It did not hit me until I was well into the Uhuru Park walk way how nice I felt. It was dusk and the lights within the park had come on. The fast dimming lights of the fading day still illuminated the lush well cut grass and as I passed the jogger who always does a brisk run in the evening at the park – he lives somewhere near the Serena, i found out.
It was as i was going around the Nyayo monument, that I understood. I felt nice because I felt related to someone.
If I could just go back one step. I had just had coffee (well, chocolate milkshake) with a young man, just a little older than me and during the “coffee”, I realised that I shared so much with him – We both like choc shakes, we both are thoroughly business-minded and it struck me in a big way how much alike we were.
We are just getting to know each other as we met not too long ago under really bad circumstances. We had both lost a primary individual (our father) in our lives, which until then, had gone parallel to each other – with little likelihood of interaction.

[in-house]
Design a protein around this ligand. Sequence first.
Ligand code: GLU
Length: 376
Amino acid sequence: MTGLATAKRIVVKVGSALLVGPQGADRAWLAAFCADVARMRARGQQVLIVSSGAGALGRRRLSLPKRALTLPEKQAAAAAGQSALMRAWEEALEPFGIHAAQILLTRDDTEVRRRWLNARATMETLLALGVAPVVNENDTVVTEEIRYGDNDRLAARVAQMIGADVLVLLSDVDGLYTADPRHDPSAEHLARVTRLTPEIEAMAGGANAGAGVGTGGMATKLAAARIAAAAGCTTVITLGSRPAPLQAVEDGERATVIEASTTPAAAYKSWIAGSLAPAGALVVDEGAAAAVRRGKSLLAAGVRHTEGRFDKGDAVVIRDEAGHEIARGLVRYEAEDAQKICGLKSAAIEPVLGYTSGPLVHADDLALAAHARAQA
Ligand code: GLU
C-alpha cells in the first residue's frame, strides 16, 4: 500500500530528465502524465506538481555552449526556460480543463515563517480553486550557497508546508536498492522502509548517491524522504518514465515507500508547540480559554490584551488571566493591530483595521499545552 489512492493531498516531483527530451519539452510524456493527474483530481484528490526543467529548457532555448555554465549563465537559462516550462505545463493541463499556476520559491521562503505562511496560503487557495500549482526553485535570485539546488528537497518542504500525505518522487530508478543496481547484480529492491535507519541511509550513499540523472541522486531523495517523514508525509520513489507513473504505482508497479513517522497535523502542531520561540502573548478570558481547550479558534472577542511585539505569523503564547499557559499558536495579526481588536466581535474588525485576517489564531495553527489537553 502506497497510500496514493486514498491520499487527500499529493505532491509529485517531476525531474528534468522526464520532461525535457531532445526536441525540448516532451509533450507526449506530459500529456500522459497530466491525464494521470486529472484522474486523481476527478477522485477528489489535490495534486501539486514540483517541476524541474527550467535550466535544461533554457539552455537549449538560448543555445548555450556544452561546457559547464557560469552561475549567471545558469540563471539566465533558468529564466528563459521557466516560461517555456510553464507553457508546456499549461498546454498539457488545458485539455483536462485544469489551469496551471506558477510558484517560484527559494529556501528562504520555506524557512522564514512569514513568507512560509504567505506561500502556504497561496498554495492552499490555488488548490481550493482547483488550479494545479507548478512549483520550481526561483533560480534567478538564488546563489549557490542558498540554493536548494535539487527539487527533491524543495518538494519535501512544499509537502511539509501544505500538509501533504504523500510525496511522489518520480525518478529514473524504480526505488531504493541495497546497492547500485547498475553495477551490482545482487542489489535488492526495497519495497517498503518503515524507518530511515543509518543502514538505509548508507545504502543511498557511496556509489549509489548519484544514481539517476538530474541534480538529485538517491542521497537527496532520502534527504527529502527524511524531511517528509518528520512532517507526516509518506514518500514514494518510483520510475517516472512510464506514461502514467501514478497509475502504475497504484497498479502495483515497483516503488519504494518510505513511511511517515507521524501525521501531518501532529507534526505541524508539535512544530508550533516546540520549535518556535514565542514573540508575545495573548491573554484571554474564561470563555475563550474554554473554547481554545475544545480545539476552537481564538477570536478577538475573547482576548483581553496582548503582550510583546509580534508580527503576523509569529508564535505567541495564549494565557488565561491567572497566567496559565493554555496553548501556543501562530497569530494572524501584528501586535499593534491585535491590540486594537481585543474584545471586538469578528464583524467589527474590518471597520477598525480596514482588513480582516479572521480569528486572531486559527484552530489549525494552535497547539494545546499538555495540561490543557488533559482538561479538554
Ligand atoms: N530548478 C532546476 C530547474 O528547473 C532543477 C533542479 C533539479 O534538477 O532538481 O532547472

And so, there we were seated in a coffee shop chatting and finding each other and finding our father in each other.
That for me was powerful. It simply said to me, I am related to him.
I had always looked for my father – and now, after his death, i am getting to know him – through my brother (that feels strange to say – my brother – and yet it is strangely liberating).
What was interesting was that I spoke to my dad soon after that (my step-father, who’s always been there with me all through) and he asked how I was adjusting to my father’s death and when i was coming home.
I feel like I belong somewhere. That, my friends, is the height of security.